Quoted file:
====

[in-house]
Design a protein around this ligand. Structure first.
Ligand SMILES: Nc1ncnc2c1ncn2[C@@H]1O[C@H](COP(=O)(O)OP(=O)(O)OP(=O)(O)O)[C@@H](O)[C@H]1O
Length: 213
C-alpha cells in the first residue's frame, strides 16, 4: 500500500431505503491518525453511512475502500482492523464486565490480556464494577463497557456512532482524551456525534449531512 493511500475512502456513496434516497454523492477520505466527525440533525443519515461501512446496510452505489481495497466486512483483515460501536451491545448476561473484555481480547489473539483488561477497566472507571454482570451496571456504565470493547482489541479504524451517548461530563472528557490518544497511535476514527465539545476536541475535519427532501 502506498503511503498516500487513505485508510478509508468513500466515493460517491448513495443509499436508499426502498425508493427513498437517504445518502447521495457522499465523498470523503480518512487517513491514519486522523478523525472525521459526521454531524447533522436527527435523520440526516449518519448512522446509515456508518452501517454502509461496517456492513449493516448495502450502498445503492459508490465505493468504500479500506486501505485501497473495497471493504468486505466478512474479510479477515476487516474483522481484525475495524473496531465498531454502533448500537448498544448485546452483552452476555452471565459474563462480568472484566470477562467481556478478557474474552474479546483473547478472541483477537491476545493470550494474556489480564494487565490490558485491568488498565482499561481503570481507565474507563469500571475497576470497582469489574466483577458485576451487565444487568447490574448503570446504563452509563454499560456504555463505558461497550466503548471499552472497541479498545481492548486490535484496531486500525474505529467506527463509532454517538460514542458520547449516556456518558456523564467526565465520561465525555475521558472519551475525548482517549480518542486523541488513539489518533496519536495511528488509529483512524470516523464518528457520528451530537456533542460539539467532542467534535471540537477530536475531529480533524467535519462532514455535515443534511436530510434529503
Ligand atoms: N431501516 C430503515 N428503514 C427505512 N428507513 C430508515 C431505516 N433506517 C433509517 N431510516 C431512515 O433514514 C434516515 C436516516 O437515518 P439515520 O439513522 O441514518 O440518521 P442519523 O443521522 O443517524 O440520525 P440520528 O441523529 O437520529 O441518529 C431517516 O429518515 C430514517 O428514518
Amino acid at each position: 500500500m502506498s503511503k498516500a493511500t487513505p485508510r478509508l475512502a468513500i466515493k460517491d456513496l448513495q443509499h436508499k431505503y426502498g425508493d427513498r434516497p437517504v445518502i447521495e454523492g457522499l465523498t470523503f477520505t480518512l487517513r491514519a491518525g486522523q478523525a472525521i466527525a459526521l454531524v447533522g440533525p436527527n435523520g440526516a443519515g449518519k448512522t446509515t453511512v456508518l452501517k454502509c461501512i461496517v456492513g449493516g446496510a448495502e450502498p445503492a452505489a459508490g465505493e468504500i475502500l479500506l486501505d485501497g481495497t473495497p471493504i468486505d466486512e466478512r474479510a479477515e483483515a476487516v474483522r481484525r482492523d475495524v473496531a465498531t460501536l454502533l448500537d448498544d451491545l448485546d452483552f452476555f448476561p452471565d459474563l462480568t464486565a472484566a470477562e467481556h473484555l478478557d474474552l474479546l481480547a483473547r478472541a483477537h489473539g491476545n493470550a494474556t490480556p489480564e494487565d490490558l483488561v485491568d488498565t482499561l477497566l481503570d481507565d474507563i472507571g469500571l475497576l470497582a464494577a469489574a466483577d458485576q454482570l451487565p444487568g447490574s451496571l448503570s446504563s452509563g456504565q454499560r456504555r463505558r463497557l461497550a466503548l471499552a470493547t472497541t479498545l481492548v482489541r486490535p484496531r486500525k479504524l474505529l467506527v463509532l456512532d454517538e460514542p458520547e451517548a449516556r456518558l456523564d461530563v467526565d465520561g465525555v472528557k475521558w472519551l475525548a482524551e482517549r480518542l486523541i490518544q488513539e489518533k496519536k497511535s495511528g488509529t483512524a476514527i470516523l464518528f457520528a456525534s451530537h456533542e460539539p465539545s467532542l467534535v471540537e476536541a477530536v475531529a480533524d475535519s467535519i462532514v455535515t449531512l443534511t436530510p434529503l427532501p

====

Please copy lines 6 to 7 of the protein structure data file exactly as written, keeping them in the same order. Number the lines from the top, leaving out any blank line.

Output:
Ligand atoms: N431501516 C430503515 N428503514 C427505512 N428507513 C430508515 C431505516 N433506517 C433509517 N431510516 C431512515 O433514514 C434516515 C436516516 O437515518 P439515520 O439513522 O441514518 O440518521 P442519523 O443521522 O443517524 O440520525 P440520528 O441523529 O437520529 O441518529 C431517516 O429518515 C430514517 O428514518
Amino acid at each position: 500500500m502506498s503511503k498516500a493511500t487513505p485508510r478509508l475512502a468513500i466515493k460517491d456513496l448513495q443509499h436508499k431505503y426502498g425508493d427513498r434516497p437517504v445518502i447521495e454523492g457522499l465523498t470523503f477520505t480518512l487517513r491514519a491518525g486522523q478523525a472525521i466527525a459526521l454531524v447533522g440533525p436527527n435523520g440526516a443519515g449518519k448512522t446509515t453511512v456508518l452501517k454502509c461501512i461496517v456492513g449493516g446496510a448495502e450502498p445503492a452505489a459508490g465505493e468504500i475502500l479500506l486501505d485501497g481495497t473495497p471493504i468486505d466486512e466478512r474479510a479477515e483483515a476487516v474483522r481484525r482492523d475495524v473496531a465498531t460501536l454502533l448500537d448498544d451491545l448485546d452483552f452476555f448476561p452471565d459474563l462480568t464486565a472484566a470477562e467481556h473484555l478478557d474474552l474479546l481480547a483473547r478472541a483477537h489473539g491476545n493470550a494474556t490480556p489480564e494487565d490490558l483488561v485491568d488498565t482499561l477497566l481503570d481507565d474507563i472507571g469500571l475497576l470497582a464494577a469489574a466483577d458485576q454482570l451487565p444487568g447490574s451496571l448503570s446504563s452509563g456504565q454499560r456504555r463505558r463497557l461497550a466503548l471499552a470493547t472497541t479498545l481492548v482489541r486490535p484496531r486500525k479504524l474505529l467506527v463509532l456512532d454517538e460514542p458520547e451517548a449516556r456518558l456523564d461530563v467526565d465520561g465525555v472528557k475521558w472519551l475525548a482524551e482517549r480518542l486523541i490518544q488513539e489518533k496519536k497511535s495511528g488509529t483512524a476514527i470516523l464518528f457520528a456525534s451530537h456533542e460539539p465539545s467532542l467534535v471540537e476536541a477530536v475531529a480533524d475535519s467535519i462532514v455535515t449531512l443534511t436530510p434529503l427532501p